December 2007
Volume 7, Issue 15
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OSA Fall Vision Meeting Abstract  |   December 2007
Deficits in speed perception induced by transcranial magnetic stimulation of cortical area V5/MT+
Author Affiliations
  • Declan McKeefry
    Vision Science Research Group, University of Bradford
  • Mark Burton
    Vision Science Research Group, University of Bradford
  • Chara Vakrou
    Vision Science Research Group, University of Bradford
  • Brendan Barrett
    Vision Science Research Group, University of Bradford
  • Anthony Morland
    Dept. Psychology, University of York
Journal of Vision December 2007, Vol.7, 85. doi:10.1167/7.15.85
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      Declan McKeefry, Mark Burton, Chara Vakrou, Brendan Barrett, Anthony Morland; Deficits in speed perception induced by transcranial magnetic stimulation of cortical area V5/MT+. Journal of Vision 2007;7(15):85. doi: 10.1167/7.15.85.

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      © ARVO (1962-2015); The Authors (2016-present)

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Abstract

Single-unit neurophysiology in monkeys has highlighted a prominent role for cortical area V5/MT in the analysis of speed of moving objects. We wished to investigate whether human area V5/MT+ plays a similarly important role in speed perception by disrupting its function using transcranial magnetic stimulation (TMS) whilst observers performed speed discrimination behavioural tasks. Area V5/MT and other cortical areas responsive to motion were first localised in 5 subjects using functional magnetic resonance brain imaging (fMRI). Using neuronavigation techniques repetitive TMS (rTMS) was then applied unilaterally to these areas whilst observers performed a 2AFC delayed speed discrimination task with stimuli placed in the contra-lateral hemifield. When applied over V1, rTMS had no effect on speed discrimination performance. However, the application of rTMS to area V5/MT+ had two effects: firstly, it elevated speed discrimination thresholds and secondly, it induced a perceived slowing of the test stimulus. When observers performed a spatial frequency discrimination control task the application of rTMS to V5/MT+ did not affect observers? performance. These results indicate that disruption to human V5/MT+ generates selective deficits in the perception of stimulus speed and suggest that this area is likely to play an important role in this aspect of motion perception.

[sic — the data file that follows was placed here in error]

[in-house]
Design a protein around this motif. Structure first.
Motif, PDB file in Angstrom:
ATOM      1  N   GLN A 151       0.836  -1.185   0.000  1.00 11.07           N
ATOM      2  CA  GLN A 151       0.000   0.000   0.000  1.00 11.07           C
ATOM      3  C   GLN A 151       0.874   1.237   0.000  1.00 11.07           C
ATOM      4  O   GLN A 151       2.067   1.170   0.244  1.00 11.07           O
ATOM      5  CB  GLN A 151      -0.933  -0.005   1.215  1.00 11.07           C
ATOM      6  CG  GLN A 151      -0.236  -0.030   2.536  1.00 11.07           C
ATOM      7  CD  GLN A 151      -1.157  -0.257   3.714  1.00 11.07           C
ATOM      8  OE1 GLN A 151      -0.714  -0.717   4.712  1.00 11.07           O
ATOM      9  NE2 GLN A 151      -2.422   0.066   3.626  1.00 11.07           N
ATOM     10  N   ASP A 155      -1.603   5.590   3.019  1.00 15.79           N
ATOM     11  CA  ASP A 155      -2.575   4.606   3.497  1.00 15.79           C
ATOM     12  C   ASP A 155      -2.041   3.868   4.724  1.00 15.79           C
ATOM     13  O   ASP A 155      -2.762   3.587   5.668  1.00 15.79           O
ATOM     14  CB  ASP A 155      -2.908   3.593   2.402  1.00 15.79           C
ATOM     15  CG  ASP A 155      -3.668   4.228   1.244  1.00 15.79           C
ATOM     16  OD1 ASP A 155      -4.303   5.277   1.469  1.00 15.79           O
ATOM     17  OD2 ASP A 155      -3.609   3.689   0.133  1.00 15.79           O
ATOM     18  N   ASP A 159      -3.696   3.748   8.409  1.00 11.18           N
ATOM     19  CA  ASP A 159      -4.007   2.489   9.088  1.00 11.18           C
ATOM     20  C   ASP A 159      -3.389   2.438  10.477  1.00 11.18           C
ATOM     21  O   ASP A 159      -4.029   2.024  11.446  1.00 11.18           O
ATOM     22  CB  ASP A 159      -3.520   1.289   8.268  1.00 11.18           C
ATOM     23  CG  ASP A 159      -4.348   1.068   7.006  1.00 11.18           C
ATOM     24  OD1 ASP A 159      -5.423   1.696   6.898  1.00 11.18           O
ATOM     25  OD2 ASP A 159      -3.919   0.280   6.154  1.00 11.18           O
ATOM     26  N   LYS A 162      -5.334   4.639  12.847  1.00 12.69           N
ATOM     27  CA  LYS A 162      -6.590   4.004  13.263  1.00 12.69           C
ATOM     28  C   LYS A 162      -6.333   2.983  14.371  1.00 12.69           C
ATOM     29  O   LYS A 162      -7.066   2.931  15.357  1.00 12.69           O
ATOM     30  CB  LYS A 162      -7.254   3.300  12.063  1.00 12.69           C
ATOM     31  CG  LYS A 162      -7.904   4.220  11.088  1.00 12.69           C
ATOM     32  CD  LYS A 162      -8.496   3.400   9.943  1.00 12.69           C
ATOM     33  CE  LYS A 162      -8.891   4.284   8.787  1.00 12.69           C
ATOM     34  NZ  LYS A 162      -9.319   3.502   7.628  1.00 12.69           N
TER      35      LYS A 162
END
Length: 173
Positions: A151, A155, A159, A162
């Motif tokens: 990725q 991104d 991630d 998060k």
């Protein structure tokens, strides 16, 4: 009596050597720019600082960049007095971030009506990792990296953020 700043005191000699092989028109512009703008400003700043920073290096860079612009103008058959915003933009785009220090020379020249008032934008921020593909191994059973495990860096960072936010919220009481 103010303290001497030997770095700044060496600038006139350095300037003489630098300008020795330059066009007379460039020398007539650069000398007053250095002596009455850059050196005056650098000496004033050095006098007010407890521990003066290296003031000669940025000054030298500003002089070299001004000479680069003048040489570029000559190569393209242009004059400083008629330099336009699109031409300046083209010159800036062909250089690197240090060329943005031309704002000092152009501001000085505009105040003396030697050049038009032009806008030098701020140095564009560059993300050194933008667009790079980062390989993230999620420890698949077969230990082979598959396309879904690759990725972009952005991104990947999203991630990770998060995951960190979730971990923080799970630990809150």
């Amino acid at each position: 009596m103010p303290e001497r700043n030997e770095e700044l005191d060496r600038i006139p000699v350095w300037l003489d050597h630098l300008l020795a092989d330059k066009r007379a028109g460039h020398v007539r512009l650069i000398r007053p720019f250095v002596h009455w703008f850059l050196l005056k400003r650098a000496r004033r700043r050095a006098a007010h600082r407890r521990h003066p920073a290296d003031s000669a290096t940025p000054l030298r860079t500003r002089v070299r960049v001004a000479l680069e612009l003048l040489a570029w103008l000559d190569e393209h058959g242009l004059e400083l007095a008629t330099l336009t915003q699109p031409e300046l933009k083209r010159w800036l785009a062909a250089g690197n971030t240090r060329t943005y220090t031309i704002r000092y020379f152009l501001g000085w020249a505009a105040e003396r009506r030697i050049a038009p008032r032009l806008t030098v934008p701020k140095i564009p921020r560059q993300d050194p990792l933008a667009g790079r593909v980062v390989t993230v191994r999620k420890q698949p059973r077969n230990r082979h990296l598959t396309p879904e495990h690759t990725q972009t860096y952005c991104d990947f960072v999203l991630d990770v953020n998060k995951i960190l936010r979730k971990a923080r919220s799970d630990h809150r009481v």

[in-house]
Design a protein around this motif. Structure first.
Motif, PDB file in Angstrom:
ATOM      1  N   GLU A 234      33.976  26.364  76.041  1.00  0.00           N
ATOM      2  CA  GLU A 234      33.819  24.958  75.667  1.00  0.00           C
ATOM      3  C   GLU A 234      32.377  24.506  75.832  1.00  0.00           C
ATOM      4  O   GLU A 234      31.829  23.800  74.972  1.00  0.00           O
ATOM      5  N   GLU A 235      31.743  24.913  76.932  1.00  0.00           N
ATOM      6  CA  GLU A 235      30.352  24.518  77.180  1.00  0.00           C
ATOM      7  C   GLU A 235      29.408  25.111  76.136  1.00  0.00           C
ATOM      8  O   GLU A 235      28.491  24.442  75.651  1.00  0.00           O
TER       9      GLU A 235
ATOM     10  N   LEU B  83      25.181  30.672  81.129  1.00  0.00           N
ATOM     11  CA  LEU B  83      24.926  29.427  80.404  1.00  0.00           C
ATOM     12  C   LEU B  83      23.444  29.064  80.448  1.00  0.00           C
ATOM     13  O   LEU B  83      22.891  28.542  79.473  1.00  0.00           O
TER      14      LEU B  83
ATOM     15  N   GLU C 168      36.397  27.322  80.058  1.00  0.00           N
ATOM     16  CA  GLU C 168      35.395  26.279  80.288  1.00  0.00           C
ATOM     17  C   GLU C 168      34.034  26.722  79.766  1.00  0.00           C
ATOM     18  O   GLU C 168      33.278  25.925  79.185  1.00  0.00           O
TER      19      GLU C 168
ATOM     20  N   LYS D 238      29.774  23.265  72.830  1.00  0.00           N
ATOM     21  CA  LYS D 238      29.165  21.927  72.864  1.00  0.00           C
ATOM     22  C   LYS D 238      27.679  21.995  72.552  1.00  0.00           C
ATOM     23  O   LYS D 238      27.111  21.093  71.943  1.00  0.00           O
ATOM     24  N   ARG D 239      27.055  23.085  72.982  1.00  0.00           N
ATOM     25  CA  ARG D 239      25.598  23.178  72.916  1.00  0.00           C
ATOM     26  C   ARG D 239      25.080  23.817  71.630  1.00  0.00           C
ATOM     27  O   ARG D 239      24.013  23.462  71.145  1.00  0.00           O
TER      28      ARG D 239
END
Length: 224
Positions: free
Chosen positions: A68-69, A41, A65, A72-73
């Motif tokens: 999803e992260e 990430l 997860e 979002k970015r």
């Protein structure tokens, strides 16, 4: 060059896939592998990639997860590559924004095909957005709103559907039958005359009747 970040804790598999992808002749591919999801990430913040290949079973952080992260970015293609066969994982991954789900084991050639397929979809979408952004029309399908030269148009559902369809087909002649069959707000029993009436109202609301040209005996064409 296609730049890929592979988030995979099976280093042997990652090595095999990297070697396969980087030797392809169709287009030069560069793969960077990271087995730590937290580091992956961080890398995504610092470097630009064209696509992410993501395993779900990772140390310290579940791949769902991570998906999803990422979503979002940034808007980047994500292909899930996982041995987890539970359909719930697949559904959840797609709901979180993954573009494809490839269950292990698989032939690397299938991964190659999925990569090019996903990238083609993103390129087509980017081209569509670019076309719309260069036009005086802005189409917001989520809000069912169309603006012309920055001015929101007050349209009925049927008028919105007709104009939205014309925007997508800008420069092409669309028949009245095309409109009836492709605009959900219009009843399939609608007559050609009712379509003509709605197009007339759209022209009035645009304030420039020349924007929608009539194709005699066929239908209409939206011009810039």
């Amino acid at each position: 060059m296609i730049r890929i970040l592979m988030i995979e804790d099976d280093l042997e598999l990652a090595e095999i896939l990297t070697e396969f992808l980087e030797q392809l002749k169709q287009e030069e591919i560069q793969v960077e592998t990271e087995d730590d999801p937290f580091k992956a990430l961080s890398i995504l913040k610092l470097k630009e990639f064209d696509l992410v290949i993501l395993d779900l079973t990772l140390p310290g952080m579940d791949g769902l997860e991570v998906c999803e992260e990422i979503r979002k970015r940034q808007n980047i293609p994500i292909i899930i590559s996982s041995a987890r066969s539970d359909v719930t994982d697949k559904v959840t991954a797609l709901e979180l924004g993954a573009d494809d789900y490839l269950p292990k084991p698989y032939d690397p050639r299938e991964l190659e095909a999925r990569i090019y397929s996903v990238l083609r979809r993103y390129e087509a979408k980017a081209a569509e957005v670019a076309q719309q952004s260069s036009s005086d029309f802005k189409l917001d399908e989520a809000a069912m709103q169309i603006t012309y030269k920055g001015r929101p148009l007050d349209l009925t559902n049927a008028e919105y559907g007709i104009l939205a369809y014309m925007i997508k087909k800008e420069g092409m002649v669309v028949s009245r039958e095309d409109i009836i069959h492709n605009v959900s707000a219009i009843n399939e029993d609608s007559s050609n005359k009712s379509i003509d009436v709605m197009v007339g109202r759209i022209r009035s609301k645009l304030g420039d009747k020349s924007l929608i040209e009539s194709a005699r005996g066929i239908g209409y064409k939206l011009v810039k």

McKeefry, D. Burton, M. Vakrou, C. Barrett, B. Morland, A. (2007). Deficits in speed perception induced by transcranial magnetic stimulation of cortical area V5/MT+ [Abstract]. Journal of Vision, 7(15):85, 85a, http://journalofvision.org/7/15/85/, doi:10.1167/7.15.85. [CrossRef]
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